I don't really talk much about another passion of mine, which is running. Clearly, since this is a baking and vegan blog, it wouldn't really make sense for me to talk about it much. Now that I'm training for my first marathon (Chicago Marathon on 10.10.10!), I'm finding my running world and my cooking world overlapping more and more. Nutrition is an important part of effective running anyway, but the more miles you log each week, the more crucial it is that you properly fuel yourself - not just for performance, but so you don't hurt yourself.
I hope to finish developing some recipes that have benefited my running; but first, I'm switching gears slightly and focusing more on proper hydration.
In general when I run, I like to log around 20 miles per week. I'm now at the point of the summer where my mileage is increasing to closer to 25, and 30 is not too far away. As the mileage goes up, so does the thermometer, which obviously adds a physical stressor. And finally, thanks to the awesome powers of Groupon, I started Bikram yoga with the wonderful yogis at Bikram Yoga Andersonville as a way to cross train. I love it! I do it twice a week, and I can feel myself getting stronger and being more in control of my body. Part of Bikram's wonderful effects, though, comes from the fact that it is practiced in a room that is 104 degrees Fahrenheit.
This ostensibly means that I am working out extremely vigorously, in extremely hot temperatures (because I only run outside), six days a week. I suppose I didn't think this was a huge deal; I never thought I'd say this (seriously - ask my friends from high school and college), but I love exercising for the health of it and how it makes me feel, so I wasn't paying too much attention to the heat.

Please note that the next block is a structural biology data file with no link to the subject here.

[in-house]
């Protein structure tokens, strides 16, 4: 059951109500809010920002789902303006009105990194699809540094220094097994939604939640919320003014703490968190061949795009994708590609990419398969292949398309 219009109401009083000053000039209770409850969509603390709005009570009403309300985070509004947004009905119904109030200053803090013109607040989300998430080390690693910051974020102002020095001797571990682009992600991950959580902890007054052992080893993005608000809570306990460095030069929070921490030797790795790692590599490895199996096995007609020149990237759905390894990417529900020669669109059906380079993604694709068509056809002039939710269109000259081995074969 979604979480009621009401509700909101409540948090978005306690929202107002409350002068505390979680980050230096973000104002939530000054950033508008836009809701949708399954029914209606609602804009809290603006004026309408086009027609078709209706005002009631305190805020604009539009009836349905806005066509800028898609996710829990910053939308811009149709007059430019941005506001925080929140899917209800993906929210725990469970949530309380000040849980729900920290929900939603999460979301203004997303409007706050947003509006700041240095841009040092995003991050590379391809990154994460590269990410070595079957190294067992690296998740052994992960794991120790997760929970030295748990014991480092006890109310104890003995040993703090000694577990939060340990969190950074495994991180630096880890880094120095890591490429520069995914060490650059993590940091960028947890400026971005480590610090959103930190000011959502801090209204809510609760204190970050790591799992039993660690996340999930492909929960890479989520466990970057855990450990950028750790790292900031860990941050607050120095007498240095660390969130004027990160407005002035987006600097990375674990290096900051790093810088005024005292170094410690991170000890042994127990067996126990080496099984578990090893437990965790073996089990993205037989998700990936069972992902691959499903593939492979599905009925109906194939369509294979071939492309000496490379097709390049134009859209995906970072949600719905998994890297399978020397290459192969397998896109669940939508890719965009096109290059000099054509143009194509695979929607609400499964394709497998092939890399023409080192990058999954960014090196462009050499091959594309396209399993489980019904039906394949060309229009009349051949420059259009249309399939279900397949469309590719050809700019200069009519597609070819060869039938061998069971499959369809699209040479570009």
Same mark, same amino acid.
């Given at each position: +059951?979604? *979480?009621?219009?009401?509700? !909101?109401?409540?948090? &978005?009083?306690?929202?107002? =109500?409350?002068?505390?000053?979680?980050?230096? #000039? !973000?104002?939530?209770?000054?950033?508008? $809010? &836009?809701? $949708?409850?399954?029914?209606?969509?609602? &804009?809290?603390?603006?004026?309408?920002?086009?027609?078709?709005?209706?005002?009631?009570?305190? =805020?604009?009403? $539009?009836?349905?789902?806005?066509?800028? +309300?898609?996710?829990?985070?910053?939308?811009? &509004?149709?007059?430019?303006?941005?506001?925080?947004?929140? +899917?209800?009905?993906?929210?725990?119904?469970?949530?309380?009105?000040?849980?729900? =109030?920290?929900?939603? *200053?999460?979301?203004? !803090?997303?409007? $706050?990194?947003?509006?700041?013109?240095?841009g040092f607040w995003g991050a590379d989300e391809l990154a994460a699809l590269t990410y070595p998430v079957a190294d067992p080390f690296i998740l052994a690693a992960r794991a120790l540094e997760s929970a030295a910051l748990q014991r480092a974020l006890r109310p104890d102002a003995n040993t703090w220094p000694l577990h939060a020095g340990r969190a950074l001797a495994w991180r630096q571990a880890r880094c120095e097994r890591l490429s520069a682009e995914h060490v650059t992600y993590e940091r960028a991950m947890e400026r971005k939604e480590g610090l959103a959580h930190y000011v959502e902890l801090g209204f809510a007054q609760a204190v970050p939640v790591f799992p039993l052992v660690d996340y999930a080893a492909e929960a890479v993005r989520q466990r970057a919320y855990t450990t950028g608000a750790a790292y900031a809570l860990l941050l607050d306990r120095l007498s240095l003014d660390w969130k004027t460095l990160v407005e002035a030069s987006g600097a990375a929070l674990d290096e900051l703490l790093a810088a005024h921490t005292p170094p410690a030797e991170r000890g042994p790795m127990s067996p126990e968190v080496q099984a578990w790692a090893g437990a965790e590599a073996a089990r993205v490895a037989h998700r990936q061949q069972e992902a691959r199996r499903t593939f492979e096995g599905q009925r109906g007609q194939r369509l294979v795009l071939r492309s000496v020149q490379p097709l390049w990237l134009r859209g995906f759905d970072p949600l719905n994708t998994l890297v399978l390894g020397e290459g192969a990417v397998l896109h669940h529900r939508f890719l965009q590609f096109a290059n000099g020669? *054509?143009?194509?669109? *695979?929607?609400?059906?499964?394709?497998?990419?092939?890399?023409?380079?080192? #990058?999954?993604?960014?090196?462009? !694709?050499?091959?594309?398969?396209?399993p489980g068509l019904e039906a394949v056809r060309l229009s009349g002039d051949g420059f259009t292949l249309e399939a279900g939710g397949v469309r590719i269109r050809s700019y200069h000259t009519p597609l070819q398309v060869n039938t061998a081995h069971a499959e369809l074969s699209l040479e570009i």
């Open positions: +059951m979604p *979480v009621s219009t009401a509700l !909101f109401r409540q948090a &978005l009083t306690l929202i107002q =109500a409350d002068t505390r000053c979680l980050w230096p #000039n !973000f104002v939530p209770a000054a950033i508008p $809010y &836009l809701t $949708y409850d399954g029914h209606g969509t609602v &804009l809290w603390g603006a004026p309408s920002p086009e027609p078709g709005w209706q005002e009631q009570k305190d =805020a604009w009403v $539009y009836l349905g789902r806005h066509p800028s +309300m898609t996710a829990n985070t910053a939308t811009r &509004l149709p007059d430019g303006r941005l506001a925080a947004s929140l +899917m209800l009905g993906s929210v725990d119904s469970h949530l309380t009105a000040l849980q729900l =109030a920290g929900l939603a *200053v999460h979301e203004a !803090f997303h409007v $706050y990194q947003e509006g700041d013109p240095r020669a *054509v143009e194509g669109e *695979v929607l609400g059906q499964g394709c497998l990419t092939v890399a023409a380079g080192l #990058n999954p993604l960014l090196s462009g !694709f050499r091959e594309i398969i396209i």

This became a problem last week when I had to leave my yoga class halfway through because I thought I was going to throw up. I then had a horrible headache, was dizzy, and when I made it home, I could not get out of bed or really talk for the rest of the day. I couldn't even physically lift my head until about 4:30. Awesome.
Turns out, among other things, I was living my day to day existence in a pretty severely dehydrated state. Of course, there were early warning signs - I had all of a sudden been starving for no particular reason, and I was really tired. I think I got sick during my class because my body had just had it at that point.